Leaving aside the question of what constitutes suffering, I think the look for the cause of suffering needs to be split into two activities. We need to look at the proximate (direct/immediate) cause and the ultimate (overall/initial) causes of suffering.
The proximate cause of suffering can probably be defined in neurochemical terms by an imbalance of certain chemicals in the brain. It may be that we even find this to be the most useful way of defining the existence of suffering. This is a relatively easy question and I imagine that this this will be answered soon if it hasn't been already.
The ultimate cause however may involve some conjecture as it is likely to have both evolutionary and environmental components. A basic description of how it may have happened is this: At some point in our evolution there were two types of human brain, the chemistry in brain 'A' improved the accuracy of identifying smells and allowed those with brain 'A' to be better at identifying predators and therefore escaping from them. This gave 'A' brainers an evolutionary advantage over 'B' brainers as they were more likely to reach sexual maturity and reproduce. This in turn meant that the genes for an 'A' brain became more prevalent as they were passed on from 'A' parents until 'A' became the dominant kind of brain in humans. now it may be that the same gene combination that improved smell in 'A' brainers also caused an increase in the production of the protein "sufferon" (my invention), the chemical which is the proximate cause of suffering. it is also likely that the effect of "Sufferon" is magnified or ameliorated by certain environmental factors and these then form part of the ultimate cause.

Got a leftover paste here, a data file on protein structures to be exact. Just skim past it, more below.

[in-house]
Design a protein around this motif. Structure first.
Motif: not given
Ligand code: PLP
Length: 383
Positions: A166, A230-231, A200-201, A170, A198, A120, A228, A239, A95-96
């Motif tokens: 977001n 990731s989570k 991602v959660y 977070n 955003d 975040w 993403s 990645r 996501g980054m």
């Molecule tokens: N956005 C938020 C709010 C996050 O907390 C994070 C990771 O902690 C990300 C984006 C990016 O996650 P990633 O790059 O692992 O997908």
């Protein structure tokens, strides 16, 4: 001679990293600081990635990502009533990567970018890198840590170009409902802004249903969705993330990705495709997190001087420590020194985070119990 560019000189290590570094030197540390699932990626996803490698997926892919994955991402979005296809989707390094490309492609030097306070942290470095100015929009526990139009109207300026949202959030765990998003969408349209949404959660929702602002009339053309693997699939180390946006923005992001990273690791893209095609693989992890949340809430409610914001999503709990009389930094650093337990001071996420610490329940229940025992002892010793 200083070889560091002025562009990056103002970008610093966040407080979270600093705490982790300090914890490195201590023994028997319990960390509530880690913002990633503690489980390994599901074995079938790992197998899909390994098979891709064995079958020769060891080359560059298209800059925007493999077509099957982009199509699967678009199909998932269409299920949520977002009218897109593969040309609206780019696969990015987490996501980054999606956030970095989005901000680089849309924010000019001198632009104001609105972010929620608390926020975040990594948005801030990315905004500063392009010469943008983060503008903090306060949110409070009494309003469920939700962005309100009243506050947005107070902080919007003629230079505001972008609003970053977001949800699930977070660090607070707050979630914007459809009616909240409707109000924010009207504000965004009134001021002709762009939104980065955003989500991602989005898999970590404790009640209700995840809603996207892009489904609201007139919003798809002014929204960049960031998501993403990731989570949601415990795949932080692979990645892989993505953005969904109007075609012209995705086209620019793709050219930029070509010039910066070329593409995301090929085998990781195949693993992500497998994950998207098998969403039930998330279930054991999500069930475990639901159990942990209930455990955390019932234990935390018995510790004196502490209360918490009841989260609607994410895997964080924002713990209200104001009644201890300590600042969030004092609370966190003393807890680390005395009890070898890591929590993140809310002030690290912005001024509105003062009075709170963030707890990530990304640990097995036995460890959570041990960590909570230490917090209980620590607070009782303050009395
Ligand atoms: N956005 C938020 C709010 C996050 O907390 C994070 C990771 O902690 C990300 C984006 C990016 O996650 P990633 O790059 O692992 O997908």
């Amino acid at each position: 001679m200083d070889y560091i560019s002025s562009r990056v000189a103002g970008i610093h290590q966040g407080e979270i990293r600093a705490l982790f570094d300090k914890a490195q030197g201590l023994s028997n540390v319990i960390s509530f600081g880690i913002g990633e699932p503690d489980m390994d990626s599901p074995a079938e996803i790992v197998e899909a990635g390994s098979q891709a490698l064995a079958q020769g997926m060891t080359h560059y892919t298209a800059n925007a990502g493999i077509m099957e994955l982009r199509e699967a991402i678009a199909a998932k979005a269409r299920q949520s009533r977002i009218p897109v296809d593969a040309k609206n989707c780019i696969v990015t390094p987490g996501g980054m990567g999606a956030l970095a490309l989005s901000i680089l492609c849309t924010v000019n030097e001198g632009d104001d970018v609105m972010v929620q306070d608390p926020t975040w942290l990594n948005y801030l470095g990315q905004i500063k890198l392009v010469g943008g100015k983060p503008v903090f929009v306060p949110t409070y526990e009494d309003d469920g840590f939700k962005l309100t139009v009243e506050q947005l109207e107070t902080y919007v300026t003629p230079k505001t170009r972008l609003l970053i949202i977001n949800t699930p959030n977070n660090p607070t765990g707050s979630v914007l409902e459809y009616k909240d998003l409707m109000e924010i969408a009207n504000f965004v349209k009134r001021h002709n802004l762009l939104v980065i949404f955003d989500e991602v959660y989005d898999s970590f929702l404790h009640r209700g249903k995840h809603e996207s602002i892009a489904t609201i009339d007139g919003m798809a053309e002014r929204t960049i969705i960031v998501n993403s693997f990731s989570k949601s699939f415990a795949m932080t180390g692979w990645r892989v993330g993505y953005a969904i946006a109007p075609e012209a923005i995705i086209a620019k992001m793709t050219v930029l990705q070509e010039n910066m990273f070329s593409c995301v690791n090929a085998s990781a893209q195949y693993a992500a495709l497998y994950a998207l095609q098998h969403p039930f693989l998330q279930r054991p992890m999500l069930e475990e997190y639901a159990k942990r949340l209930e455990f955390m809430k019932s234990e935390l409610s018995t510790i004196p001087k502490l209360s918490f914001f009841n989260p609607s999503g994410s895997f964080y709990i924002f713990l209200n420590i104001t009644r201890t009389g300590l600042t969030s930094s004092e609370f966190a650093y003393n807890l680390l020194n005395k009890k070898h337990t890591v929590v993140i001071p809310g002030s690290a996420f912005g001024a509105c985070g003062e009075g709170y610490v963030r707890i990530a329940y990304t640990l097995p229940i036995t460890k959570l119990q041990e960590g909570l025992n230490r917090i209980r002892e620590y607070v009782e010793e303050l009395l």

This sort of explanation may not be as satisfying as religious, emotional or psychological explanations (what's the chemical for satisfaction ;-). However I believe it is more likely to lead to a better understanding of human feelings, emotions and behaviour and possibly the alleviation of suffering itself if that is what we aim for.